What is psychogenealogy?
The field of psychological research recognizes that human beings receive not only the biological and genetic heritage of their ancestors, but also a psychological heritage; traumas, successes, failures, accidents, even illnesses sometimes have their origin in the remote history of one’s ancestors. Thus, seemingly like a chain of transmission, one often comes across puzzling facts that may find their explanation by going back to the events of the past and accessing the family tree. Psychogenealogy, as a method of investigation, is an aid not only to avoid reading such happenings from a purely individual perspective, but to inserting them into the larger fabric of family history, recognizing events of the past that continue to affect the present in a negative way, hindering the realization of one’s plans and desires.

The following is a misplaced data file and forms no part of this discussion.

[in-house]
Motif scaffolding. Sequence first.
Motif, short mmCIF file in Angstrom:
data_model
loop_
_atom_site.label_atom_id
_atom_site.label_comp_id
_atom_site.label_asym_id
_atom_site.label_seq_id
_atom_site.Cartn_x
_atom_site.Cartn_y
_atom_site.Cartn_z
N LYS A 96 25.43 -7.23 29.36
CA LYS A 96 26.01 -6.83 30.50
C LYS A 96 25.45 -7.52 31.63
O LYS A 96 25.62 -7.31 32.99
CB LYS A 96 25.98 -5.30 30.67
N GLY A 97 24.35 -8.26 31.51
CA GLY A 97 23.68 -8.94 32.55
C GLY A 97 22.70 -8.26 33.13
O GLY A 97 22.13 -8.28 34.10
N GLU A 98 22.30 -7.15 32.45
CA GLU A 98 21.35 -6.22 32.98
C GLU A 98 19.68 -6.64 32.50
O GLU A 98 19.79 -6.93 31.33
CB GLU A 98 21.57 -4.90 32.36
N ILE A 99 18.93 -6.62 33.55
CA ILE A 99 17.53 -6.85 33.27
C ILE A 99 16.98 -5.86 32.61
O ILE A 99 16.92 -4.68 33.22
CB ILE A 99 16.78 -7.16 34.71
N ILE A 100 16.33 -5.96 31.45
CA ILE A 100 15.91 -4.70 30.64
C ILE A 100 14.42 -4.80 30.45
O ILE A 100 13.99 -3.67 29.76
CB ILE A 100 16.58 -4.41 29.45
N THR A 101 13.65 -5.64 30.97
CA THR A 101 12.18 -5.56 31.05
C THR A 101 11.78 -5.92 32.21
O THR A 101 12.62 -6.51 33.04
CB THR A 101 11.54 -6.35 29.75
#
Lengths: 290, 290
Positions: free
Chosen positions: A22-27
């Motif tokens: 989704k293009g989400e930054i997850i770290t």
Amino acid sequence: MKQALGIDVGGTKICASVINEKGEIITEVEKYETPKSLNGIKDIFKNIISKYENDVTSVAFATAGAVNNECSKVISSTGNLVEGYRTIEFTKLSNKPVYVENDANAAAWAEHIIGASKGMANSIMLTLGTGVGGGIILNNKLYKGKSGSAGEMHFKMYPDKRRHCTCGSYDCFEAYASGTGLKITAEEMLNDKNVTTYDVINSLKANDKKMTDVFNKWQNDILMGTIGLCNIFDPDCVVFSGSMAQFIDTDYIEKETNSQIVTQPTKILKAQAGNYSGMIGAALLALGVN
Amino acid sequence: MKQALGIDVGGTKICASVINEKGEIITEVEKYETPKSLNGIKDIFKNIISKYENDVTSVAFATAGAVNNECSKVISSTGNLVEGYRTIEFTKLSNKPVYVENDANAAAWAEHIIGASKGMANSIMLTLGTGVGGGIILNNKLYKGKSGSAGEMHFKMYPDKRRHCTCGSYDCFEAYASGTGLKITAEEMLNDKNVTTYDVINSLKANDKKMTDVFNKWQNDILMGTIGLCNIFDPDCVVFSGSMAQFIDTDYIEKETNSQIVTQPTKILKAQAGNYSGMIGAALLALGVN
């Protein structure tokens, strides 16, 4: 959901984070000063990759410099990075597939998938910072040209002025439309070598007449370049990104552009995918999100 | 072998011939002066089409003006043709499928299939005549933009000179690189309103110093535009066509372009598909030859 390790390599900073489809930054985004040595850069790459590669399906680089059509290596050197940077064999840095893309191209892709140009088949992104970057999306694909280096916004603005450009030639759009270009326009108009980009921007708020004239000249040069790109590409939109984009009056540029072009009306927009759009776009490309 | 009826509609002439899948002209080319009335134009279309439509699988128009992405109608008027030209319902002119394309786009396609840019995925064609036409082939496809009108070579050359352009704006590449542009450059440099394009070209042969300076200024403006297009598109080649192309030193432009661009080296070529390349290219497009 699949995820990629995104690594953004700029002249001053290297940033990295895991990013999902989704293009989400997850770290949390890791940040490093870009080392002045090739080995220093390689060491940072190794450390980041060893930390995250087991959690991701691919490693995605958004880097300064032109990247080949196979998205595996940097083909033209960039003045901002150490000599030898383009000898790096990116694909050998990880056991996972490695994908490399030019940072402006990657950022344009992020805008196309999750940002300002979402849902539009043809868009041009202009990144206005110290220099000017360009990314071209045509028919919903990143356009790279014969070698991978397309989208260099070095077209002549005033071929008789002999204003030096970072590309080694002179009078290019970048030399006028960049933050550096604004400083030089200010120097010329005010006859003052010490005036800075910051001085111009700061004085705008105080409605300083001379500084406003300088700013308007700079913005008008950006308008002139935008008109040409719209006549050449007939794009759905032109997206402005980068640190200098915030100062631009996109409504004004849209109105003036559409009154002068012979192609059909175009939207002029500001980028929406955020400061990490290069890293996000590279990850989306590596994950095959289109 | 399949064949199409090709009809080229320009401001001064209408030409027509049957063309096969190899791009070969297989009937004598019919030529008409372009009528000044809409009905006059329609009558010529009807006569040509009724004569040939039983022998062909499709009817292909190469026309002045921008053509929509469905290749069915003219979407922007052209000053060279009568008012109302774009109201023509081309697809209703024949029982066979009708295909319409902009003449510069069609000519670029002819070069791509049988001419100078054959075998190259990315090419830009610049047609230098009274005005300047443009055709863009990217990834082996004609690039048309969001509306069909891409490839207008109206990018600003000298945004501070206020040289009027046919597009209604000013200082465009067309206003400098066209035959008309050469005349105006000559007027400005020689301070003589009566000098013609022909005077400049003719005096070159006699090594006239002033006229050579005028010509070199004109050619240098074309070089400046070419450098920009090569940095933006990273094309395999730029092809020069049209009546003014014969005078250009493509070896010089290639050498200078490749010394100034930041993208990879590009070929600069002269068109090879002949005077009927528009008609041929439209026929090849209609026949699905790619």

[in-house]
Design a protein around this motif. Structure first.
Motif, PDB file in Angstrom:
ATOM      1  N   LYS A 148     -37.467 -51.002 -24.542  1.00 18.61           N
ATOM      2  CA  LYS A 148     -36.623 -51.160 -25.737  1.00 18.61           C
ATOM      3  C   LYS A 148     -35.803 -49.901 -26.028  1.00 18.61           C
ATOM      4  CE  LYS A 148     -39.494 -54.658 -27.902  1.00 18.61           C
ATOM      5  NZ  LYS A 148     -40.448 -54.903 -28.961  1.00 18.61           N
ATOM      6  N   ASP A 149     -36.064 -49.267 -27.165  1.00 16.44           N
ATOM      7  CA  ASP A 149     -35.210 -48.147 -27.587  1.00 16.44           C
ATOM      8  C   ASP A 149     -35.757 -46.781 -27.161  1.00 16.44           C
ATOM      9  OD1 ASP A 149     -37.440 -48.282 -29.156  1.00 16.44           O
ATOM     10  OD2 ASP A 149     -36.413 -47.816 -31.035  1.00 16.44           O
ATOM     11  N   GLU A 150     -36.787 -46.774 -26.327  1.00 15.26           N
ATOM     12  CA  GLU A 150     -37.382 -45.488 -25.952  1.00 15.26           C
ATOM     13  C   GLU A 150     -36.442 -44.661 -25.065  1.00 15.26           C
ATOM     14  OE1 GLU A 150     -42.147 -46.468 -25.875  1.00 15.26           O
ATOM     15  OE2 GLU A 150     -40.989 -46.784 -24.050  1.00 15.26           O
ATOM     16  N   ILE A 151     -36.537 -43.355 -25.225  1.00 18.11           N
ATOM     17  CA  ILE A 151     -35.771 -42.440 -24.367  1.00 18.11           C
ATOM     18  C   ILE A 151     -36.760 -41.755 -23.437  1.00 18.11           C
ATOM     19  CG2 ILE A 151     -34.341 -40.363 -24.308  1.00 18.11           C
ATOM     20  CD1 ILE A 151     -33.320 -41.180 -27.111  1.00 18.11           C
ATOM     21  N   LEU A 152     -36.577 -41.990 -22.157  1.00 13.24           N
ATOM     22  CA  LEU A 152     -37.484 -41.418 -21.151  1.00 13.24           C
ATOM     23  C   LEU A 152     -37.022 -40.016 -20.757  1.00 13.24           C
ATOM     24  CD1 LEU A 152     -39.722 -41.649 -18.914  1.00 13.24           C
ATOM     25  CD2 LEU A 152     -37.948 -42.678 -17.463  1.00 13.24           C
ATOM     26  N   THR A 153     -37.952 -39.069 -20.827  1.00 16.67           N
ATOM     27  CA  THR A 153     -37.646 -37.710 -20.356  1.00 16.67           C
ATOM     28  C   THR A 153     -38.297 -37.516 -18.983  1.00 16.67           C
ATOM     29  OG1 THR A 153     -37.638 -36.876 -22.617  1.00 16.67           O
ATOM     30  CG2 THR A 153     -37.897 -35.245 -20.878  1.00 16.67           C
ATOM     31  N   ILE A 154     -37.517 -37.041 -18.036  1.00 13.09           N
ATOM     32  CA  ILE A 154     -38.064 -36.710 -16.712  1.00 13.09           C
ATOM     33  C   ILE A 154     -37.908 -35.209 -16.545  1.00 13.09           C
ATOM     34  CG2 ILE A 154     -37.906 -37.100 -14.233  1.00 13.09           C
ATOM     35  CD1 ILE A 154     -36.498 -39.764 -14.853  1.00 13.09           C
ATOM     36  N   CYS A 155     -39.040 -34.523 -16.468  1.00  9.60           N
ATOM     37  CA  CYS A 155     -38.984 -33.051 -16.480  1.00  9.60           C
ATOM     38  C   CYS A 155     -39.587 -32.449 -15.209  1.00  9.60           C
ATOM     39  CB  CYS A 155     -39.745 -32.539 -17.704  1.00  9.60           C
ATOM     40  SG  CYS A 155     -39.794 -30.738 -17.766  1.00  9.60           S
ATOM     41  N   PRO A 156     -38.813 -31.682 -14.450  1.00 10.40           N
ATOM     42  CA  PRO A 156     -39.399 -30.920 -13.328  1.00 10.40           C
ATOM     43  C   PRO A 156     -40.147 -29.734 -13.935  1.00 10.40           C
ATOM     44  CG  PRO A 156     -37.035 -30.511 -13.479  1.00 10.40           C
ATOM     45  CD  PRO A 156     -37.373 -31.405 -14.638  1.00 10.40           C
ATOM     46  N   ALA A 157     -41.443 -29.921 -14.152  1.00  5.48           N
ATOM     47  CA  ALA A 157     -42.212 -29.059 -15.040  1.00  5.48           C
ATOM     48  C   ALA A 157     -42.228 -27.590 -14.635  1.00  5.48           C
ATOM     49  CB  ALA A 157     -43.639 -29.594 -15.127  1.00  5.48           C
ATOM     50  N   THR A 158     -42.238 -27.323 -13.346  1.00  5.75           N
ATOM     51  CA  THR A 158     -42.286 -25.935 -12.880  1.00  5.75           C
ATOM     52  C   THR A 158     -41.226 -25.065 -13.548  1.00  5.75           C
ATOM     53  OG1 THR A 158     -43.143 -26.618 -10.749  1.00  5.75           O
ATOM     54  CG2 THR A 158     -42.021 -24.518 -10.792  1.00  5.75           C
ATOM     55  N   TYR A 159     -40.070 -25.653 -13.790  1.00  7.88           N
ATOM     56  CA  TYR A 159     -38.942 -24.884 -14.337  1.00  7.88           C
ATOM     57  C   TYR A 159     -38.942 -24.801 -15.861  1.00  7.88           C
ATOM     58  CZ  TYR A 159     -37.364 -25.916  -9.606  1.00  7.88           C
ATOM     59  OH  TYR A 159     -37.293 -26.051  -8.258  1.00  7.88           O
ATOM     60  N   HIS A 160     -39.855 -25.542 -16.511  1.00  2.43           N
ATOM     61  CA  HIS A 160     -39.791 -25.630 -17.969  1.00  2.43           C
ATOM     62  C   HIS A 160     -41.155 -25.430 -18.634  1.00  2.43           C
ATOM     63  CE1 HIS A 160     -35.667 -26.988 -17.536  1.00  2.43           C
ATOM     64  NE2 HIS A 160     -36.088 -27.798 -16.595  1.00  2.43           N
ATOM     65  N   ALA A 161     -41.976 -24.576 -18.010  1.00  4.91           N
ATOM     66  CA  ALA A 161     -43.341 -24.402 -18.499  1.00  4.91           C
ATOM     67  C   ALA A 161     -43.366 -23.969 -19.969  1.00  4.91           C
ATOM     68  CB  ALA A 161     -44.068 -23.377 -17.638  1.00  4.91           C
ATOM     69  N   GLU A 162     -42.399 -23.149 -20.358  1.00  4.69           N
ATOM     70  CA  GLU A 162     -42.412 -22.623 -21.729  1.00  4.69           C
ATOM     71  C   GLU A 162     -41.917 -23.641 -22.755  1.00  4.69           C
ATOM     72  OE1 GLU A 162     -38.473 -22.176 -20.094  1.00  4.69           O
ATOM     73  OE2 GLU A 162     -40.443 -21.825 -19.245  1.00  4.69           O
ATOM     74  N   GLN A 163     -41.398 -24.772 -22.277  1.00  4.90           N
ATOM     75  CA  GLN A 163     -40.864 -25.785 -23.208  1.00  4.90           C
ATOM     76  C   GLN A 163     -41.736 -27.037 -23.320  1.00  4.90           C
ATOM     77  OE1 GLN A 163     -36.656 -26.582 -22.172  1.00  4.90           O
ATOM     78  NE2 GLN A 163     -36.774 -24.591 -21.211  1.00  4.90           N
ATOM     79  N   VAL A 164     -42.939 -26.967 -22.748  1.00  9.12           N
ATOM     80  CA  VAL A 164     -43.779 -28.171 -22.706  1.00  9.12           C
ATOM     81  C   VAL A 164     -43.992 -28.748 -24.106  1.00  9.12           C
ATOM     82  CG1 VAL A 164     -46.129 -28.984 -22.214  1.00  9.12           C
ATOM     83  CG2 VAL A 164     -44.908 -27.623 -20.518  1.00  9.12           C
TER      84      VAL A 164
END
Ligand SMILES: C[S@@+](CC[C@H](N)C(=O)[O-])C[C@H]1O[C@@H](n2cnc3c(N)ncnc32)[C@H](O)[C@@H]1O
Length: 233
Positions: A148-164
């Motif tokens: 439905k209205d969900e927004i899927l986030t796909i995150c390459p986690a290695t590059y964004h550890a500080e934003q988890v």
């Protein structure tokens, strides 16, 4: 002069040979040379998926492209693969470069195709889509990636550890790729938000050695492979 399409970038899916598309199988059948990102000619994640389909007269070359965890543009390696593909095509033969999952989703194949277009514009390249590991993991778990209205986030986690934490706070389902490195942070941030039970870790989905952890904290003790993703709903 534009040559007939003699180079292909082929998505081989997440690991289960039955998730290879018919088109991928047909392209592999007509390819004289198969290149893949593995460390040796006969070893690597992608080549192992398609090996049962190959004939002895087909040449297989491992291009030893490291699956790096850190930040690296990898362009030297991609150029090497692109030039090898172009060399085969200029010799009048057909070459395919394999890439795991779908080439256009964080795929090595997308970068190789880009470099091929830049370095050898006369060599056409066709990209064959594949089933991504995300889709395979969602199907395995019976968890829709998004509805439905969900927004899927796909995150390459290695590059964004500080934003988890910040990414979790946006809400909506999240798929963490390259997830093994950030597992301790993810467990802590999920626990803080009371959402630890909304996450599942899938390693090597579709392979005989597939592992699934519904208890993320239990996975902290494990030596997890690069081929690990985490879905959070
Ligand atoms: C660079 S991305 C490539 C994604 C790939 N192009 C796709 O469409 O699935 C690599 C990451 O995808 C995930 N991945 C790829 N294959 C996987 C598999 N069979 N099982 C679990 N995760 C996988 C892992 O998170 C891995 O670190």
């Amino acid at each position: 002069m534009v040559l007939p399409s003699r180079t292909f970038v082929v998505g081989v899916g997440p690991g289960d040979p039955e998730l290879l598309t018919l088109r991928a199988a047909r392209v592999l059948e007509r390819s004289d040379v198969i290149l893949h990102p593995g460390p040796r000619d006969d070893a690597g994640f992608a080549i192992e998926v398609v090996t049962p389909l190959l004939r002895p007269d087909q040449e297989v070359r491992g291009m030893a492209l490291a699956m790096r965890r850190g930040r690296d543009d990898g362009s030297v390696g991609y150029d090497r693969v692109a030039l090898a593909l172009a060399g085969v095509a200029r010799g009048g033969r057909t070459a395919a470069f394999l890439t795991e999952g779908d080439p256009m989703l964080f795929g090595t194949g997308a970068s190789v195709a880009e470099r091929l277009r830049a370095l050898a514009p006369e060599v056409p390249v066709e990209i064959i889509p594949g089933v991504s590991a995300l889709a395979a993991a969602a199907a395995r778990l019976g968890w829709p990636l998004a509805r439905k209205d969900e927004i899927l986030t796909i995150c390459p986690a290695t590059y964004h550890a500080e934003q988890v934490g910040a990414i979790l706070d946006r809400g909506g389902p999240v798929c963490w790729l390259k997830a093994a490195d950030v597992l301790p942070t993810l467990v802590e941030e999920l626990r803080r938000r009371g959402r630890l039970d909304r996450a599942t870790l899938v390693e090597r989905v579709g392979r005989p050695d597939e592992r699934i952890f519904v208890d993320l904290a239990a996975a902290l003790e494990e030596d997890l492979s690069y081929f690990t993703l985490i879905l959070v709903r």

This approach to personal and family history was developed during the 1970s by Anne Ancelin Schützenberger (1919-2018), founder of the Transgenerational school. Drawing on the research of Françoise Dolto (1908-88), Jacob Levi Moreno (1889-1974), Gregory Bateson (1904-80) and Ivan Boszormenyi-Nagy (1920-2007), Anne elaborates a therapeutic program that can help understand events and wounds of the past. As she proceeds in this work, she notes, in line with the approach of depth psychology, the importance of nonverbal communication and family history in shedding light on certain dysfunctional phenomena that are at first sight unexplained but seem mysteriously to manifest a kind of script from the past that frequently repeats over successive generations.